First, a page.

Vivian White would do just about anything for her son, but this was asking a lot. Take up running? She hated running. Had ever since grade school. Besides, at 47, she was set in her ways.
But he persisted. This was 2005, and Brian Bales was a junior on the Charleston (Ill.) High track team. Every week in the off-season Vivian would drive him to a nearby college and time him in the 200 and the 400. In turn, Brian would try to get her out on the track. Eventually she gave in. At first she was gassed after one lap. Then it was two, then four. If she faltered, there was Brian, backpedaling in front of her like a cornerback and shouting, "Come on, Mom, you can do it!" Or he'd trail her, a hand in the small of her back, saying, "I know it hurts, but you'll thank me one day." He taught her how to create a rhythm for her breathing by bouncing a tennis ball as she ran, how to block out pain.
Most 16-year-olds would consider it horrifyingly uncool to train with their mom. Brian loved it. "It made us a lot closer," he says. "And as soon as she got an iPod, it was like she could outrun a horse."
As the months passed, Vivian dropped weight and gained stamina. Within a year she was entering half-marathons. When she flagged at the 10-mile mark during one of them, she texted Brian. Within a minute her cellphone pinged. "Close your eyes and feel the road beneath your feet and the air against your head and think about the little things," came Brian's message, which he followed with another, and another. Vivian finished strong and has now completed 10 half-marathons. She'd reinvented herself as a runner, thanks to her son.
Then in January 2008 Brian left home to join the Army, training as a radio communication systems security repair specialist and stationed at Fort Hood, Texas. Seven months later Vivian got the call she dreaded: Brian would serve a one-year deployment in Iraq starting in January 2009, at a forward operating base near Kirkuk. He would carry an M4 carbine rifle, wear body armor and strap on a Kevlar helmet capable of stopping 9-mm rounds. He'd ride in convoys to neighboring bases, go on recovery missions after trucks on patrol had been attacked. Vivian was scared out of her mind.
Feeling helpless, searching for a connection to her 20-year-old son, Vivian turned to the gift he had given her: She ran. Vivian wanted to cover the equivalent distance from Charleston to Kirkuk—to run to Brian. But after her calculations revealed the gap between them to be 6,436 miles, she recruited her husband, Matt (Vivian and Brian's father, Michael Bales, split in 2004), her two daughters and assorted family members to contribute, setting up a spreadsheet to track their combined progress. Some jogged, others walked, and all donated their miles, though none as many as Vivian. Four to five days a week she headed out—in the rain, in the gray morning chill and even when she didn't much feel like it because, she says, "I think about him and realize you don't get days off in Iraq." She wore a gray Army training shirt that Brian had given her and listened to call-and-response marching chants on her iPod. The way she planned it, she'd finish her mission at the same time Brian finished his. So in a way every mile did bring him closer. "It helps me get through each day," Vivian says. "It's my way of supporting him."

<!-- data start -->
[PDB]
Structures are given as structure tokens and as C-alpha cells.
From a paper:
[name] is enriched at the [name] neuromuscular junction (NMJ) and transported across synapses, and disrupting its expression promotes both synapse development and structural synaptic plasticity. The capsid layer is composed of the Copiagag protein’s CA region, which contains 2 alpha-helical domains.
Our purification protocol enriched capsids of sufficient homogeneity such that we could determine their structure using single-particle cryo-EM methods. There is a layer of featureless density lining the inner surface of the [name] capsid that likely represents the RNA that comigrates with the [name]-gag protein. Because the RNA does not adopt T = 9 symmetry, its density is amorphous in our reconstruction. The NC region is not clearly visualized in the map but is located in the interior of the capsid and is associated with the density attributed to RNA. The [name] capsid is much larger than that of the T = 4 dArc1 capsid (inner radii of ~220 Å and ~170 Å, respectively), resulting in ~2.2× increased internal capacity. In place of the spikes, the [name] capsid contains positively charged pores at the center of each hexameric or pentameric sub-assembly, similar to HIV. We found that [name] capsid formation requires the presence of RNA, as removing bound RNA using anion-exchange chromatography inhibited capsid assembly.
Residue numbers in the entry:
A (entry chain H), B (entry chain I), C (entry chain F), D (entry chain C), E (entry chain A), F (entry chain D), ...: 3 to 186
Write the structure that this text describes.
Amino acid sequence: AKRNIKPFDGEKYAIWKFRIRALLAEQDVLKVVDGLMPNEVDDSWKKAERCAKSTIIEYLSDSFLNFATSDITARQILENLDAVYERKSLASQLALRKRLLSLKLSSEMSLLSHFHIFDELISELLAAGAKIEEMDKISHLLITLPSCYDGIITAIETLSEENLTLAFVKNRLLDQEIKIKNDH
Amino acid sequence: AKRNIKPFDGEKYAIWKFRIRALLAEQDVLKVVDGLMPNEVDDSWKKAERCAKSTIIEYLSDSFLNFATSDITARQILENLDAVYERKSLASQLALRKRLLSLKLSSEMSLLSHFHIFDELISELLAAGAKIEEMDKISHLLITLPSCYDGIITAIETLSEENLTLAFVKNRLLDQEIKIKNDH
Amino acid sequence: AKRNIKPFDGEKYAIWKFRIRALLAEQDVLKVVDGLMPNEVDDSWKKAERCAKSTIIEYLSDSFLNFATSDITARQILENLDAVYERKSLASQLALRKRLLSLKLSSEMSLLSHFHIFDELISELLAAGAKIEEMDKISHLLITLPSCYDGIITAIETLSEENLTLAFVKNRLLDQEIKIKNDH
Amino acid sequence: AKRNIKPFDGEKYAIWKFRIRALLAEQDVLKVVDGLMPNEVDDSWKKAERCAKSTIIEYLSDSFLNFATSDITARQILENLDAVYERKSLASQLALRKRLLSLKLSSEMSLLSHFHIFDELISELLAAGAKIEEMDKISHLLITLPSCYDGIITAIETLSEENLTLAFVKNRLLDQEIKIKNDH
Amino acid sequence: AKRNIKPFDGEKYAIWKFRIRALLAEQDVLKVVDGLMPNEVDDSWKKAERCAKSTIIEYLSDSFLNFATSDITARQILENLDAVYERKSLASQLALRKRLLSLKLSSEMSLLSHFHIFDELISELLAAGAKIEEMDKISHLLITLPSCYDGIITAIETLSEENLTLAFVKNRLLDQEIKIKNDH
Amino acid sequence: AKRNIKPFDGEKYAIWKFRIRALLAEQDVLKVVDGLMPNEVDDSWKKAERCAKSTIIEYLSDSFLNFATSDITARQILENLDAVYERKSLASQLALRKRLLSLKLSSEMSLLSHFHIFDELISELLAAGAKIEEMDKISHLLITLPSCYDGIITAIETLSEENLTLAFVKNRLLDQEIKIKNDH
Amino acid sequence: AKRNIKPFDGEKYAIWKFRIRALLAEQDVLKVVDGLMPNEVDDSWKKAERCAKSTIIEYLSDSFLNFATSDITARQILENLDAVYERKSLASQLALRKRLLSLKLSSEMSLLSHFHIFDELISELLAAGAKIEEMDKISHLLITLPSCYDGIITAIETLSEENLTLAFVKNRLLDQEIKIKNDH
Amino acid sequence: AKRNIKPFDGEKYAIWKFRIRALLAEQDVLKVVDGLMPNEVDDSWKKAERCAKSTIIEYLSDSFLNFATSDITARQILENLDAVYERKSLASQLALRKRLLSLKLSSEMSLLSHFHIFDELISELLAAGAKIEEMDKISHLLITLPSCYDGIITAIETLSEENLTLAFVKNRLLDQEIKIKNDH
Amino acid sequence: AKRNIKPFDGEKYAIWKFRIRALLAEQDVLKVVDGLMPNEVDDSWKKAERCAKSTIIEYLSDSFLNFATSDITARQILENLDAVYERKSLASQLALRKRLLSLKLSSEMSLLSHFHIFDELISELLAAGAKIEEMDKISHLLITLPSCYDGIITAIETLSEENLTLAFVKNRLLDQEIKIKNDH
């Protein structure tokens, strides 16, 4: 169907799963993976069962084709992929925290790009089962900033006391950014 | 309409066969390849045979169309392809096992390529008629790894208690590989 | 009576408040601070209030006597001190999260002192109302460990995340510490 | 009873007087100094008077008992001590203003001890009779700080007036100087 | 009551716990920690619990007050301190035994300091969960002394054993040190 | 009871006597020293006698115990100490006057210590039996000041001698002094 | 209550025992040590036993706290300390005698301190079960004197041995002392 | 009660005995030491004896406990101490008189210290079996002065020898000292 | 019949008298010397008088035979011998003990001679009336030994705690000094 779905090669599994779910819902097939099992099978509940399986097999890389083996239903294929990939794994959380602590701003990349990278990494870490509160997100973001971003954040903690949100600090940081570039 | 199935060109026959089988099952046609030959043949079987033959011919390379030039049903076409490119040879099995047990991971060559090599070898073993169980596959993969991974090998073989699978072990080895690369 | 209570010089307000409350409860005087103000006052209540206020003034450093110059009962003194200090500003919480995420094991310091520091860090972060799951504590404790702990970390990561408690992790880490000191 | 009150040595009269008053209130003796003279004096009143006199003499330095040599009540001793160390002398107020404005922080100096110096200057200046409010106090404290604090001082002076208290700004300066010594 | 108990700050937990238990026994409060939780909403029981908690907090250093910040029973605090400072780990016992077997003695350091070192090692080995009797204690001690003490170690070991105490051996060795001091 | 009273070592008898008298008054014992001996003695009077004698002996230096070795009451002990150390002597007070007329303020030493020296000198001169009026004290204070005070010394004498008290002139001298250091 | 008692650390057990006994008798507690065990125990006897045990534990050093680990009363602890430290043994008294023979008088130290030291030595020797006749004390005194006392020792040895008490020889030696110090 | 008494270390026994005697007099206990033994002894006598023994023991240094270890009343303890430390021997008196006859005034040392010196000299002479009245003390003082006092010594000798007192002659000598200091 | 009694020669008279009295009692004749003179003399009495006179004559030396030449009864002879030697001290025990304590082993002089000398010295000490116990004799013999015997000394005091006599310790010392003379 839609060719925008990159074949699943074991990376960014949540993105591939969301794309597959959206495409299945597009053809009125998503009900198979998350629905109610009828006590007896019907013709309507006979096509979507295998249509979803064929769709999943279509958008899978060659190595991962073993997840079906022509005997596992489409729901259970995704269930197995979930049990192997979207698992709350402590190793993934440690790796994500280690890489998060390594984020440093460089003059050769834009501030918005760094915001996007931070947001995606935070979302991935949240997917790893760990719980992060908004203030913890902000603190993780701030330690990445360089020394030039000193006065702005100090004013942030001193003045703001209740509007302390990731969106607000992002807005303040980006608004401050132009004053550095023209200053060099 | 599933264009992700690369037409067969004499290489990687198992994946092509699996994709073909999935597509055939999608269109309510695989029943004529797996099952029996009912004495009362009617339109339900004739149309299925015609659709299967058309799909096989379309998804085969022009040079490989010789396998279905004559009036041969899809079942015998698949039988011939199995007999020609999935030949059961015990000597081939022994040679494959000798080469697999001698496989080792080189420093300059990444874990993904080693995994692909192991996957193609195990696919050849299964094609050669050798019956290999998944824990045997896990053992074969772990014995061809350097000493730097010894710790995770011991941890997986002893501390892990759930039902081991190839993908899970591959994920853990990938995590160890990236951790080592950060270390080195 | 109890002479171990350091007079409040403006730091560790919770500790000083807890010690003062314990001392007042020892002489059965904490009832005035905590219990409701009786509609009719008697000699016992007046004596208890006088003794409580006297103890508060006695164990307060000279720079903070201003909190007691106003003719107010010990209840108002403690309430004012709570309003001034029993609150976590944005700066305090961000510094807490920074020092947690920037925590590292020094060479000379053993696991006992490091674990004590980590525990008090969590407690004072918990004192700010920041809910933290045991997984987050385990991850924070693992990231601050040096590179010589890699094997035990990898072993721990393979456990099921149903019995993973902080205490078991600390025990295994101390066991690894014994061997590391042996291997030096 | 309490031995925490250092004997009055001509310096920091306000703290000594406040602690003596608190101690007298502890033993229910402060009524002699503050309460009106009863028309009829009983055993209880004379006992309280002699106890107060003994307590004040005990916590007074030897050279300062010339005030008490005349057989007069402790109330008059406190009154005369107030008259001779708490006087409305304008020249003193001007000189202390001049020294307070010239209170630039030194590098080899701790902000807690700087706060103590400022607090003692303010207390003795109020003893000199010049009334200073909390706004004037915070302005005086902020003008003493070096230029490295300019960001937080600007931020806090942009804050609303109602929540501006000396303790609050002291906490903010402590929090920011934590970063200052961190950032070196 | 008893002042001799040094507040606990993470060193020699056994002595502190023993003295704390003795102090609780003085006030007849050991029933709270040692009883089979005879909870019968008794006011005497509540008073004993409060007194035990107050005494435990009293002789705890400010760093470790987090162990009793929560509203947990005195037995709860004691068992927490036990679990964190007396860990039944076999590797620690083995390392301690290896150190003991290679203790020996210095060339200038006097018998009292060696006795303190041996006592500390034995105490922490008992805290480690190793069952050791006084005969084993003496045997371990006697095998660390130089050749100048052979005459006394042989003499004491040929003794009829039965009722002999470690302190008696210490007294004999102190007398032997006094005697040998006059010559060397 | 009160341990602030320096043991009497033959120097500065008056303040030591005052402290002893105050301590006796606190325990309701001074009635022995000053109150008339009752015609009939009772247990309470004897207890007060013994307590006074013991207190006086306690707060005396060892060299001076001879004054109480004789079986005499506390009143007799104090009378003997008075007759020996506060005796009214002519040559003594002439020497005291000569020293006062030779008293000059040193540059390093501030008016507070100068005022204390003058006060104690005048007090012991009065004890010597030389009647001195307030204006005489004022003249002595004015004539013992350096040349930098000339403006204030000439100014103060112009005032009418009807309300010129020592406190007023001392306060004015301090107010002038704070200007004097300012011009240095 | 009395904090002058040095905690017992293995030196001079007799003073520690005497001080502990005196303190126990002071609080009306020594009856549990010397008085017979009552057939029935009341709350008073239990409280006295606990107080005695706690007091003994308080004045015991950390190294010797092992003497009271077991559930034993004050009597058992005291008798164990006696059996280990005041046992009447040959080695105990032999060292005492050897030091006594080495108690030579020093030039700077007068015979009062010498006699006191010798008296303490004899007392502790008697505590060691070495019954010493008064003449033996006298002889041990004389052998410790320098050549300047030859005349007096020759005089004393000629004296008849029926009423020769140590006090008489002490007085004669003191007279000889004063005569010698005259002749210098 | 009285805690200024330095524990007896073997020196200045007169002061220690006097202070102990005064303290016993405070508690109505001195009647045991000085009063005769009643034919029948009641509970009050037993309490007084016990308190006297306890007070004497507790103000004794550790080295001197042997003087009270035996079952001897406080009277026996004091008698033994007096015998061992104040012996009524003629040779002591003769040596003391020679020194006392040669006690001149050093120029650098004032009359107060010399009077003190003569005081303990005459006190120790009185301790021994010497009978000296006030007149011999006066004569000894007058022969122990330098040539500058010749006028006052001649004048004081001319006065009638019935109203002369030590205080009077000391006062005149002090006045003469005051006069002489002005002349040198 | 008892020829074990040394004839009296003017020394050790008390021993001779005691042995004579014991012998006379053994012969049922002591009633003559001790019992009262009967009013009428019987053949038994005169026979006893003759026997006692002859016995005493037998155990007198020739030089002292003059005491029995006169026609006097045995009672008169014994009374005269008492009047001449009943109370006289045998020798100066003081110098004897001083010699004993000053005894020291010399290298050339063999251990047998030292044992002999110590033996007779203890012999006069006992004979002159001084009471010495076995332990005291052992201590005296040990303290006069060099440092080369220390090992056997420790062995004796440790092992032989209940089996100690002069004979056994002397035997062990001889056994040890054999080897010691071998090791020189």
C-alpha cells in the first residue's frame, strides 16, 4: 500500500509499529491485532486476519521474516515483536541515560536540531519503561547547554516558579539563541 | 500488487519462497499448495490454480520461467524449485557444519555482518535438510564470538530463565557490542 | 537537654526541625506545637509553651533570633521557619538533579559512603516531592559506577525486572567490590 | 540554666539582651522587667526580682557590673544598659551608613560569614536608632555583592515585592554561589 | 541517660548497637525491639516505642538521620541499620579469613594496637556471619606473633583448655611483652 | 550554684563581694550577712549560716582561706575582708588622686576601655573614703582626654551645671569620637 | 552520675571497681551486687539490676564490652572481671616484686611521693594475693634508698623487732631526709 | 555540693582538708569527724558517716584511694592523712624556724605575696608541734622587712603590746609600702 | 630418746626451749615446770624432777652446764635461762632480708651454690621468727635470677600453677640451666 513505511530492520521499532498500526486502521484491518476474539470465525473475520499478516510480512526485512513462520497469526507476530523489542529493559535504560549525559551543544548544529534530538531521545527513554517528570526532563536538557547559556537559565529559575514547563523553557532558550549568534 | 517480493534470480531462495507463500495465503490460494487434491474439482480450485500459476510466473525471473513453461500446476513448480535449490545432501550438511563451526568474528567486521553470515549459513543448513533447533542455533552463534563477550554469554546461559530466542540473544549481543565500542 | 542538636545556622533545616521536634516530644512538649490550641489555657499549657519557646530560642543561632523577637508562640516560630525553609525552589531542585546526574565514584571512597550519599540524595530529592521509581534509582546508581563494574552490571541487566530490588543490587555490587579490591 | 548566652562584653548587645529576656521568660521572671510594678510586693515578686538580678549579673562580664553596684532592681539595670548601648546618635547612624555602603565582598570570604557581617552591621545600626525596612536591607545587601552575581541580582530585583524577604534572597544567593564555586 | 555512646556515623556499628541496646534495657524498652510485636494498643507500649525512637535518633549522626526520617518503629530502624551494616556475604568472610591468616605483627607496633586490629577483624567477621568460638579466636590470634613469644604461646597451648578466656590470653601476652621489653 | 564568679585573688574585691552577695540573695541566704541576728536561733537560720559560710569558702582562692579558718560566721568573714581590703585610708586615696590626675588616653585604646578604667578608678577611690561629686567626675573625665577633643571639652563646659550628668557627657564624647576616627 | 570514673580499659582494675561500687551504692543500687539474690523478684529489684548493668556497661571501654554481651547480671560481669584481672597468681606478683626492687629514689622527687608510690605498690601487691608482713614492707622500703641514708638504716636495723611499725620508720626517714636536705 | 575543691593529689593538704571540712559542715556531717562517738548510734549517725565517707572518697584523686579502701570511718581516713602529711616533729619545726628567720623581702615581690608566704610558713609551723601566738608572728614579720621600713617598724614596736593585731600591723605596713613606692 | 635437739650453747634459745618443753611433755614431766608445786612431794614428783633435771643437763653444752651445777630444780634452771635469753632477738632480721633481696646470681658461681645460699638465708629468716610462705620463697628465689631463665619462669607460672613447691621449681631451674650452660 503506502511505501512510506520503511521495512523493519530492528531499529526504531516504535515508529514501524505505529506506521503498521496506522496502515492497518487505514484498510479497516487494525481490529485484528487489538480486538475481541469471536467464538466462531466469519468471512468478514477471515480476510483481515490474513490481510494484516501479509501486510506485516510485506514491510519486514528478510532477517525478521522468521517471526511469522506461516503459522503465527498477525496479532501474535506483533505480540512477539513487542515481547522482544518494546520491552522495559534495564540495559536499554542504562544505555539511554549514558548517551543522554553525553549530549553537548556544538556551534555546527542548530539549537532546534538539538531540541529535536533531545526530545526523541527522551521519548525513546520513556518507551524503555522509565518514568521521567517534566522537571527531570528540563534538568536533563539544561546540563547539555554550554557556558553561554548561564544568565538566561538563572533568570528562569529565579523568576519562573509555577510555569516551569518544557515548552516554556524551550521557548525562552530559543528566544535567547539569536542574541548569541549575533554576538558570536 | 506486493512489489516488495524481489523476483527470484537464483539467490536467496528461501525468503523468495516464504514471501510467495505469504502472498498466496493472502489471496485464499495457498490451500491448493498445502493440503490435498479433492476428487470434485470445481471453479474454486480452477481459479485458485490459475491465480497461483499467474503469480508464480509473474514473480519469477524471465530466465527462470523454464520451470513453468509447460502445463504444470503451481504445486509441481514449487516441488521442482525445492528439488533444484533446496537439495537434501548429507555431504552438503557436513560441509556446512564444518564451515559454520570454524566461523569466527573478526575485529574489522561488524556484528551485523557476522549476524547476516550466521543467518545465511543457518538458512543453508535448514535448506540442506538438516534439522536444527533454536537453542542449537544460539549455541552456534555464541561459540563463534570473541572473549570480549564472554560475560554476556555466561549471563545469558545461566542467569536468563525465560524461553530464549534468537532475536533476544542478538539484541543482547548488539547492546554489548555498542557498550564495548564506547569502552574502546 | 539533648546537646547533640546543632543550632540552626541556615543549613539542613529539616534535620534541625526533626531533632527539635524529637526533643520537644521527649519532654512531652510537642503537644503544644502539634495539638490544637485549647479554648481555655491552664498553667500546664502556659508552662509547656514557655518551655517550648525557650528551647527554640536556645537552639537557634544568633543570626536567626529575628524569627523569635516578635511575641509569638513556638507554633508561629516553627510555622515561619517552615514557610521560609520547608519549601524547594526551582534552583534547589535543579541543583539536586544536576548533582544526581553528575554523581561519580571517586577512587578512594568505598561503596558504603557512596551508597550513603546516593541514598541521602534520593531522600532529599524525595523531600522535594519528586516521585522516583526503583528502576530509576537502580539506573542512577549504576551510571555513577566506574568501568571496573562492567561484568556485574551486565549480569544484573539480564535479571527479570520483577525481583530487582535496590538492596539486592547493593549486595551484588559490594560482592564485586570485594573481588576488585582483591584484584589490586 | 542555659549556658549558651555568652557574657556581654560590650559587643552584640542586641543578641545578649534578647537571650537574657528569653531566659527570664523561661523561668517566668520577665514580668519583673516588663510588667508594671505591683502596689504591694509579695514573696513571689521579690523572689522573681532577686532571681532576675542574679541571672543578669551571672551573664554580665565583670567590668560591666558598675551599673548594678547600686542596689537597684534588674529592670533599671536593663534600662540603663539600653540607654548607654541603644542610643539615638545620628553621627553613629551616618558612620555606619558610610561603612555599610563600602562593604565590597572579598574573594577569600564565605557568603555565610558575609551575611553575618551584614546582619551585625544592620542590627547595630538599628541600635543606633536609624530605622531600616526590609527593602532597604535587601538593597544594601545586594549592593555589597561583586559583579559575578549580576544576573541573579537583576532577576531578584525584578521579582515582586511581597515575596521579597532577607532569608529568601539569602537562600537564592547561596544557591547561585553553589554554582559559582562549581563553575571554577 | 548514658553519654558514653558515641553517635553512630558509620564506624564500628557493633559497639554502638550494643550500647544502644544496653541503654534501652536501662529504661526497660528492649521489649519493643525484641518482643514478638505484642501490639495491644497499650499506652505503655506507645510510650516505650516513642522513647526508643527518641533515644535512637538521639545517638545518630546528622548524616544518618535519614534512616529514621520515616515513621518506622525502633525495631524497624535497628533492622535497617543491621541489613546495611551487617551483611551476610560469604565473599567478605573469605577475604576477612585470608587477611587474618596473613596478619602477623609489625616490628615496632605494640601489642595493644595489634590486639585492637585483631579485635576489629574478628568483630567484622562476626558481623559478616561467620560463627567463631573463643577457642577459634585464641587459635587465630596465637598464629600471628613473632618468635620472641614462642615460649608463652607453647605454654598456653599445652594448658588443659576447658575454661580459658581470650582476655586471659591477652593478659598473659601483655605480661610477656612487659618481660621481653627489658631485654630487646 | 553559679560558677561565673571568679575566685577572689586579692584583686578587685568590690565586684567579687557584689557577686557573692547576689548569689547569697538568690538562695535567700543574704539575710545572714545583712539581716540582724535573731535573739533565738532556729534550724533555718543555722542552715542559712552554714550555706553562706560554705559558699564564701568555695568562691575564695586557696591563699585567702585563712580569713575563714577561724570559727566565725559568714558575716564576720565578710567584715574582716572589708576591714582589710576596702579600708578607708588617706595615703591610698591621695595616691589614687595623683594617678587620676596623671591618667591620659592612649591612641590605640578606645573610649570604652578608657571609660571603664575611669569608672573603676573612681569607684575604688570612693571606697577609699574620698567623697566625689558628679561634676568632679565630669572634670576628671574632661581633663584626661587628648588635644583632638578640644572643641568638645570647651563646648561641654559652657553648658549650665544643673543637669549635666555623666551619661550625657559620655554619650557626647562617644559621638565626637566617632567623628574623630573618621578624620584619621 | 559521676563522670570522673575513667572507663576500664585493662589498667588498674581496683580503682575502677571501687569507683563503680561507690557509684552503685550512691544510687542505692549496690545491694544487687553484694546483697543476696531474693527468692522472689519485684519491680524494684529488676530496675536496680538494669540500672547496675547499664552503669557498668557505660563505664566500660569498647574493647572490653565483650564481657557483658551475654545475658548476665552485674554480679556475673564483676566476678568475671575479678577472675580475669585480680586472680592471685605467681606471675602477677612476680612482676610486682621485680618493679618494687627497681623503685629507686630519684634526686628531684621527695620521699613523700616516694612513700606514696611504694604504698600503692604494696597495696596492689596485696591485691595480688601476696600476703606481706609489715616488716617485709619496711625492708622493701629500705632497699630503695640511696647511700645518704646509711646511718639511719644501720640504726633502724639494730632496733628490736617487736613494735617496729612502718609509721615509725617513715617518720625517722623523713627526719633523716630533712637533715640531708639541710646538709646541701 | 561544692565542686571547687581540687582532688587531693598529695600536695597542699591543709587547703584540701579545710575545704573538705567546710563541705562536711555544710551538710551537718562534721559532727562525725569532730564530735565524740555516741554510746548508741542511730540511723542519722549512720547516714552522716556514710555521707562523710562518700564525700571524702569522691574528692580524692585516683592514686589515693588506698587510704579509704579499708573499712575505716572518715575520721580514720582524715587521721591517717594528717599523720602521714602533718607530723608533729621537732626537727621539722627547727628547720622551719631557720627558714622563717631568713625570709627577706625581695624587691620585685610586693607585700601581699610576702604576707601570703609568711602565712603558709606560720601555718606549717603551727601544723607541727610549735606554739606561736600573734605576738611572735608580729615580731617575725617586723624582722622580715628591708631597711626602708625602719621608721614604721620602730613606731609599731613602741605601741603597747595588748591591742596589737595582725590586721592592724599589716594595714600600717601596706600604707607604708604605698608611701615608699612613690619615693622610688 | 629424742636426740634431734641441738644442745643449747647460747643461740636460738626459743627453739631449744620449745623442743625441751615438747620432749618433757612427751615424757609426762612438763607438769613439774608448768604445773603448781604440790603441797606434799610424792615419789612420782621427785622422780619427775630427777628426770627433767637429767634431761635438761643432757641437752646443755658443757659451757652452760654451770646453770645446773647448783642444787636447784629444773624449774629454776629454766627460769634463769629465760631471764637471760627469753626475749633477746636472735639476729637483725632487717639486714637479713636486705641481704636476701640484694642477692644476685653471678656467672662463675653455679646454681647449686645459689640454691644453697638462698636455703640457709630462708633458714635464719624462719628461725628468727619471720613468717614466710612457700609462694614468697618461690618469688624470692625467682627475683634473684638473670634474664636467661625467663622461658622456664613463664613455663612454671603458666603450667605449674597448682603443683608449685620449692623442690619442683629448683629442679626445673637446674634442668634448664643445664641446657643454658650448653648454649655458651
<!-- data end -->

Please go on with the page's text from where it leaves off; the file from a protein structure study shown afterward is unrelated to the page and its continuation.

Then in February the Charleston Times-Courier wrote about Vivian's run. Suddenly, everybody wanted to donate miles—hospital employees, a writer at the paper, people she'd never met. A woman from a running club in Davenport, Iowa, called: "Can we help too?" Of course, Vivian said, and so she started a second spreadsheet. By June there were more than 2,000 miles logged on it.
Know what it feels like to have a whole community running for you? Every week Brian receives an updated Charleston-to-Kirkuk map, with a graphic of tiny footprints marching toward him, and he posts it above his bunk, next to the newspaper clipping. Fellow soldiers come by to follow the progress. "It makes me feel like I'm not forgotten and that people still care about us over here," he says via e-mail, adding that it's hard to overstate the value of such support.
Brian has lost friends in Iraq, seen things that can't be unseen. Just last week, he says, "a 10-year-old kid" threw a grenade at one of the convoy trucks and blew the back doors off. (No one was injured.) At times like these he fondles the replica dog tag around his neck, the one his stepdad got him, the one he vowed not to take off until he gets home. On one side there's an American flag and on the other an inscription: MILES MAY SEPARATE US BUT KNOW I AM ALWAYS BY YOUR SIDE. I LOVE YOU. Vivian has an identical tag. Sometimes when she's running she reaches for it, like a lifeline ringing her neck.
Last week Vivian and her crew passed 2,100 miles. The little footprints are now in the middle of the Atlantic Ocean—a bit behind schedule, but Vivian will draw on the community miles as needed to catch up. After putting in more than 700 miles, she is on her second pair of Asics and figures she'll go through two or three more before January. Then, if all goes as planned, Brian will return to run the final mile with her. Not in front or behind or a world away, but side by side.